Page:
The purpose of this flashback is to show how much danger the man is facing, having not listened to the Sulphur Creek elderly, and to spark interest within the reader. The second flashback in “To Build A Fire” is when the man falls much further into grave danger, he thinks of how the old man was right, that he should have prepared himself better. The purpose of this flashback was to foreshadow that the man will probably perish, and again, to spark interest. 4) The main conflict is Jack London’s “To Build A Fire” is man vs.

himself. Many argue that it is man vs. nature due to the central idea that the -50 degree weather is the main cause of harm and crisis to the man, but it progresses to show that if the man would relinquish his pride and stop thinking that he can accomplish the unimaginable without many of the necessary tools, the preparation, and the help, he would still be alive. If the man would have listened to the old man at Sulphur Creek or brought another person along, he would most likely not be dead.

Therefore, it is evident that the conflict that many believe to be the main conflict in London’s short story, man vs. nature, is not so, and is actually man vs. himself. Plot Analysis Introduction: The man starts out with minimal awareness of the extreme cold. He is on a journey with a dog in the Yukon off road to a camp where the boys are waiting for him. He becomes slightly more aware of the cold, realizing that his cheeks are beginning to sting, and stops to build a fire and eat lunch. His fingers go numb, and the man begins to continue walking.

There begins to be a subtle gloom while reading, sparking a prediction that he may not make it out alive. Rising Action: As the man is walking, the man falls into sheets of ice/snow, which have water under them. He gets his feet wet, and delays to build another fire and dry off his boots. His fingers get too cold to bend and feel anything, and he tries to build another fire. He does not succeed in building a fire this time, thanks to his poor planning. He tries again, but again, fails. Climax:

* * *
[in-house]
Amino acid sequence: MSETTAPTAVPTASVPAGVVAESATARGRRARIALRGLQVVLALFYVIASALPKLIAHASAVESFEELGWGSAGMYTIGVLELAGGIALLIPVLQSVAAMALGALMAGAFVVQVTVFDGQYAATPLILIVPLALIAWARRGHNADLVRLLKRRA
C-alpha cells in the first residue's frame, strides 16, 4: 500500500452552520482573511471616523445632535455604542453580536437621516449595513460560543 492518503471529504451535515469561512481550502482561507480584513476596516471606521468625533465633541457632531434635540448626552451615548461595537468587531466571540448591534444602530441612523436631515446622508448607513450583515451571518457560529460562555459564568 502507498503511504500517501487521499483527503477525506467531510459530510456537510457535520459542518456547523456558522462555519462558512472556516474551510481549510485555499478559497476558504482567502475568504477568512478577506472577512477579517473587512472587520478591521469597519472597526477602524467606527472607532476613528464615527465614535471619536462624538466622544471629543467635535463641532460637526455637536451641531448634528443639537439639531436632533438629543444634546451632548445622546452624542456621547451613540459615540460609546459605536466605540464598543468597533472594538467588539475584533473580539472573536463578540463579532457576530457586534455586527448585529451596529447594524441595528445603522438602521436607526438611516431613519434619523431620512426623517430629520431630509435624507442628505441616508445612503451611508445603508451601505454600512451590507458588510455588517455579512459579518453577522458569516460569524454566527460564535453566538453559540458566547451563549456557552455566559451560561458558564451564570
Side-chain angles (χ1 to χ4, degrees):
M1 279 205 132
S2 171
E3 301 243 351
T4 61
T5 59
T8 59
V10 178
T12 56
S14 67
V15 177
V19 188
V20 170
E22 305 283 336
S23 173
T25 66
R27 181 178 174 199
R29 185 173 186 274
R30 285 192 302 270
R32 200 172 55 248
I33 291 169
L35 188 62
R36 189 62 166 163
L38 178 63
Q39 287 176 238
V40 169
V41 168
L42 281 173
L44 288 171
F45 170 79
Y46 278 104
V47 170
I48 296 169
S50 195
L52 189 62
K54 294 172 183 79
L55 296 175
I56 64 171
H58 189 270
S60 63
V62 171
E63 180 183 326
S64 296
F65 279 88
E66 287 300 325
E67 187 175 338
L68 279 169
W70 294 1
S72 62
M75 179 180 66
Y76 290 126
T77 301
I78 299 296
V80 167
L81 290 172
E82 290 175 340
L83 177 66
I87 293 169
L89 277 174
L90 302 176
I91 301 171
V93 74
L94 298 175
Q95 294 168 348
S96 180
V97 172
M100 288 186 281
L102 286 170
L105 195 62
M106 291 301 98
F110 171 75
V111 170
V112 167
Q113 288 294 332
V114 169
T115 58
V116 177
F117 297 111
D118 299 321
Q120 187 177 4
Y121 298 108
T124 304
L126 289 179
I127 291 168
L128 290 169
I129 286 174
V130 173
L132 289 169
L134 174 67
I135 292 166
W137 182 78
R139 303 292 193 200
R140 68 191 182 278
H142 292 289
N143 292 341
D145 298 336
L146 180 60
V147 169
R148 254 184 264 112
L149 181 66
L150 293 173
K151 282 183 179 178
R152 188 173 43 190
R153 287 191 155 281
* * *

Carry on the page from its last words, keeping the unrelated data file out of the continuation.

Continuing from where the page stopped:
The man knows he cannot make another fire, and becomes desperate for warmth. He remembers a story in which a freezing man killed a horse, cut it open, and warmed up inside. He tries to do the same with the dog. He is unable to do so, not being able to move his fingers to strangle the dog. In a final act of desperation, he tries to run to the camp so the boys can help him, but eventually has to stop. Falling Action: The man lies down in the snow, slowly and unknowingly freezing to death, which he perceives as falling asleep.

As he dies, he sees himself with the boys, walking down from the camp to find his blue body. He then sees himself in a warm room with the old man from Sulphur Creek who gave him advice that he did not take, and admits that the old man was right and he should have taken his advice. The man then dies, in what seems to him to be very warm and comfortable. Resolution: The dog waits, confused at the sight of the man sitting in the snow without a fire. The dog howls and then walks away towards the camp, where it knows will find fire and food.